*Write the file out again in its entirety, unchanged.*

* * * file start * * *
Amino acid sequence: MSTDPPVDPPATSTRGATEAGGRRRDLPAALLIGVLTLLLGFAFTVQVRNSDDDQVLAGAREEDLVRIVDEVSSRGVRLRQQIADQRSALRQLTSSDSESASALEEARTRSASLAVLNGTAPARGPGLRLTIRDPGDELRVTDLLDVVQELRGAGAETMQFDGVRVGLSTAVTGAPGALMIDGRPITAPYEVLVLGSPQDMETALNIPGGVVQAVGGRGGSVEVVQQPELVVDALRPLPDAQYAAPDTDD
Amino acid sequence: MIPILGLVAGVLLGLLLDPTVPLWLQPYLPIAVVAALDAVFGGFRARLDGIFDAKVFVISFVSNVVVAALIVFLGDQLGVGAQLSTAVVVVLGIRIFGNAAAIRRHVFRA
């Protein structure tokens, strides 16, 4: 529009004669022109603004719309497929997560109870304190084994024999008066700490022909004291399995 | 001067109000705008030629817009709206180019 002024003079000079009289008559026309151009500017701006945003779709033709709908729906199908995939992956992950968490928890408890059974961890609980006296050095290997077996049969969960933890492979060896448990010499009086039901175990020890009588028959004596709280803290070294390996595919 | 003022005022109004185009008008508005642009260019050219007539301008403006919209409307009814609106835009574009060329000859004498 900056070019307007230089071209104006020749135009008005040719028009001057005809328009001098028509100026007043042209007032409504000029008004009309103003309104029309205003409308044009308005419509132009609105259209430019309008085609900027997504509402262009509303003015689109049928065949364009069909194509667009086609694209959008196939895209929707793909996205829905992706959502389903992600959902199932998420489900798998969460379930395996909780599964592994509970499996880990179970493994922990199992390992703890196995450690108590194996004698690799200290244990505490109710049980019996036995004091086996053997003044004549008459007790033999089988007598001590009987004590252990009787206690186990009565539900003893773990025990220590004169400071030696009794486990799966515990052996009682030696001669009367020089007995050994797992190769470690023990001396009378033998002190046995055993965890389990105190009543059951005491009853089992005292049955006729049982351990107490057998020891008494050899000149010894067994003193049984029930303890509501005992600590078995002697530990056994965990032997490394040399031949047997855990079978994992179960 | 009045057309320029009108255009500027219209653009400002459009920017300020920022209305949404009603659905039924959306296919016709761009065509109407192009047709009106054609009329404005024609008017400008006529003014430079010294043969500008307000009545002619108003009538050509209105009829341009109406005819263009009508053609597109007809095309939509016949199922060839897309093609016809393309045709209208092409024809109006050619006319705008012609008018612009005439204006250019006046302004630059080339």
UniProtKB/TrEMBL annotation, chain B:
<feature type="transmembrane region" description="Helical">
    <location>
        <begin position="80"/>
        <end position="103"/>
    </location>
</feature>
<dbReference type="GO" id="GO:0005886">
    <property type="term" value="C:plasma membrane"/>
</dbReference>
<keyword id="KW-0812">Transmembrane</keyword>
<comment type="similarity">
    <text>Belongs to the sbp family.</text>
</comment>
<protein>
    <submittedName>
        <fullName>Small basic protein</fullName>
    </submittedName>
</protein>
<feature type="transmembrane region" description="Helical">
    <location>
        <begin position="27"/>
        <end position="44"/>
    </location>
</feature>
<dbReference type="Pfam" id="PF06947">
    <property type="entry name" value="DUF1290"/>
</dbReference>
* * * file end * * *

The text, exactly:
Amino acid sequence: MSTDPPVDPPATSTRGATEAGGRRRDLPAALLIGVLTLLLGFAFTVQVRNSDDDQVLAGAREEDLVRIVDEVSSRGVRLRQQIADQRSALRQLTSSDSESASALEEARTRSASLAVLNGTAPARGPGLRLTIRDPGDELRVTDLLDVVQELRGAGAETMQFDGVRVGLSTAVTGAPGALMIDGRPITAPYEVLVLGSPQDMETALNIPGGVVQAVGGRGGSVEVVQQPELVVDALRPLPDAQYAAPDTDD
Amino acid sequence: MIPILGLVAGVLLGLLLDPTVPLWLQPYLPIAVVAALDAVFGGFRARLDGIFDAKVFVISFVSNVVVAALIVFLGDQLGVGAQLSTAVVVVLGIRIFGNAAAIRRHVFRA
């Protein structure tokens, strides 16, 4: 529009004669022109603004719309497929997560109870304190084994024999008066700490022909004291399995 | 001067109000705008030629817009709206180019 002024003079000079009289008559026309151009500017701006945003779709033709709908729906199908995939992956992950968490928890408890059974961890609980006296050095290997077996049969969960933890492979060896448990010499009086039901175990020890009588028959004596709280803290070294390996595919 | 003022005022109004185009008008508005642009260019050219007539301008403006919209409307009814609106835009574009060329000859004498 900056070019307007230089071209104006020749135009008005040719028009001057005809328009001098028509100026007043042209007032409504000029008004009309103003309104029309205003409308044009308005419509132009609105259209430019309008085609900027997504509402262009509303003015689109049928065949364009069909194509667009086609694209959008196939895209929707793909996205829905992706959502389903992600959902199932998420489900798998969460379930395996909780599964592994509970499996880990179970493994922990199992390992703890196995450690108590194996004698690799200290244990505490109710049980019996036995004091086996053997003044004549008459007790033999089988007598001590009987004590252990009787206690186990009565539900003893773990025990220590004169400071030696009794486990799966515990052996009682030696001669009367020089007995050994797992190769470690023990001396009378033998002190046995055993965890389990105190009543059951005491009853089992005292049955006729049982351990107490057998020891008494050899000149010894067994003193049984029930303890509501005992600590078995002697530990056994965990032997490394040399031949047997855990079978994992179960 | 009045057309320029009108255009500027219209653009400002459009920017300020920022209305949404009603659905039924959306296919016709761009065509109407192009047709009106054609009329404005024609008017400008006529003014430079010294043969500008307000009545002619108003009538050509209105009829341009109406005819263009009508053609597109007809095309939509016949199922060839897309093609016809393309045709209208092409024809109006050619006319705008012609008018612009005439204006250019006046302004630059080339």
UniProtKB/TrEMBL annotation, chain B:
<feature type="transmembrane region" description="Helical">
    <location>
        <begin position="80"/>
        <end position="103"/>
    </location>
</feature>
<dbReference type="GO" id="GO:0005886">
    <property type="term" value="C:plasma membrane"/>
</dbReference>
<keyword id="KW-0812">Transmembrane</keyword>
<comment type="similarity">
    <text>Belongs to the sbp family.</text>
</comment>
<protein>
    <submittedName>
        <fullName>Small basic protein</fullName>
    </submittedName>
</protein>
<feature type="transmembrane region" description="Helical">
    <location>
        <begin position="27"/>
        <end position="44"/>
    </location>
</feature>
<dbReference type="Pfam" id="PF06947">
    <property type="entry name" value="DUF1290"/>
</dbReference>